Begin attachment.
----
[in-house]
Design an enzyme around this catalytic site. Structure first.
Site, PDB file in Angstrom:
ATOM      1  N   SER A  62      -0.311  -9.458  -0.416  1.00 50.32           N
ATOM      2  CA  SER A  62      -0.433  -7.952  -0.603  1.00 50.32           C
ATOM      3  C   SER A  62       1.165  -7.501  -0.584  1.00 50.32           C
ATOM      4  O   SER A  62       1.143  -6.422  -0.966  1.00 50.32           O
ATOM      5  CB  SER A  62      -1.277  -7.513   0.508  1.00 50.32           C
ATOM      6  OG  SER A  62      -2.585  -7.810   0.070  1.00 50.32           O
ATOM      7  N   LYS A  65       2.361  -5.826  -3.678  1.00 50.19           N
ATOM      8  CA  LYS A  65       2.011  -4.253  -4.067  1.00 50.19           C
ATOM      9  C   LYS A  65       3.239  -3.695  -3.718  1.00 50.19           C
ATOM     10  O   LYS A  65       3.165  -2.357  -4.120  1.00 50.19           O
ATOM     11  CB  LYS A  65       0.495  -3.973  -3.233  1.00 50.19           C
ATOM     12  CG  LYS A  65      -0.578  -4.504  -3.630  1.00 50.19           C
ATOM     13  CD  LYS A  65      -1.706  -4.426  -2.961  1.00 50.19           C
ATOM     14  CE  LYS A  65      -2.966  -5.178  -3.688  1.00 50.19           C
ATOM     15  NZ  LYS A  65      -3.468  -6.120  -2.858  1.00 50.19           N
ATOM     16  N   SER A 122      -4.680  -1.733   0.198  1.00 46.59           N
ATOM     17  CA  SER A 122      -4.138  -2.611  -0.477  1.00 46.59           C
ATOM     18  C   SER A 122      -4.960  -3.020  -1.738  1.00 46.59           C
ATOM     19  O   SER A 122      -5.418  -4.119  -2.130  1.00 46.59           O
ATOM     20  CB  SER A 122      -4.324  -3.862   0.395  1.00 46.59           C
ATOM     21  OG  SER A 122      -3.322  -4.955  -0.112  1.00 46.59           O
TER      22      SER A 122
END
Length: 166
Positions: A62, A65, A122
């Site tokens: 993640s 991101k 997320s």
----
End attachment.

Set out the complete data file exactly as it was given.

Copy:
[in-house]
Design an enzyme around this catalytic site. Structure first.
Site, PDB file in Angstrom:
ATOM      1  N   SER A  62      -0.311  -9.458  -0.416  1.00 50.32           N
ATOM      2  CA  SER A  62      -0.433  -7.952  -0.603  1.00 50.32           C
ATOM      3  C   SER A  62       1.165  -7.501  -0.584  1.00 50.32           C
ATOM      4  O   SER A  62       1.143  -6.422  -0.966  1.00 50.32           O
ATOM      5  CB  SER A  62      -1.277  -7.513   0.508  1.00 50.32           C
ATOM      6  OG  SER A  62      -2.585  -7.810   0.070  1.00 50.32           O
ATOM      7  N   LYS A  65       2.361  -5.826  -3.678  1.00 50.19           N
ATOM      8  CA  LYS A  65       2.011  -4.253  -4.067  1.00 50.19           C
ATOM      9  C   LYS A  65       3.239  -3.695  -3.718  1.00 50.19           C
ATOM     10  O   LYS A  65       3.165  -2.357  -4.120  1.00 50.19           O
ATOM     11  CB  LYS A  65       0.495  -3.973  -3.233  1.00 50.19           C
ATOM     12  CG  LYS A  65      -0.578  -4.504  -3.630  1.00 50.19           C
ATOM     13  CD  LYS A  65      -1.706  -4.426  -2.961  1.00 50.19           C
ATOM     14  CE  LYS A  65      -2.966  -5.178  -3.688  1.00 50.19           C
ATOM     15  NZ  LYS A  65      -3.468  -6.120  -2.858  1.00 50.19           N
ATOM     16  N   SER A 122      -4.680  -1.733   0.198  1.00 46.59           N
ATOM     17  CA  SER A 122      -4.138  -2.611  -0.477  1.00 46.59           C
ATOM     18  C   SER A 122      -4.960  -3.020  -1.738  1.00 46.59           C
ATOM     19  O   SER A 122      -5.418  -4.119  -2.130  1.00 46.59           O
ATOM     20  CB  SER A 122      -4.324  -3.862   0.395  1.00 46.59           C
ATOM     21  OG  SER A 122      -3.322  -4.955  -0.112  1.00 46.59           O
TER      22      SER A 122
END
Length: 166
Positions: A62, A65, A122
């Site tokens: 993640s 991101k 997320s």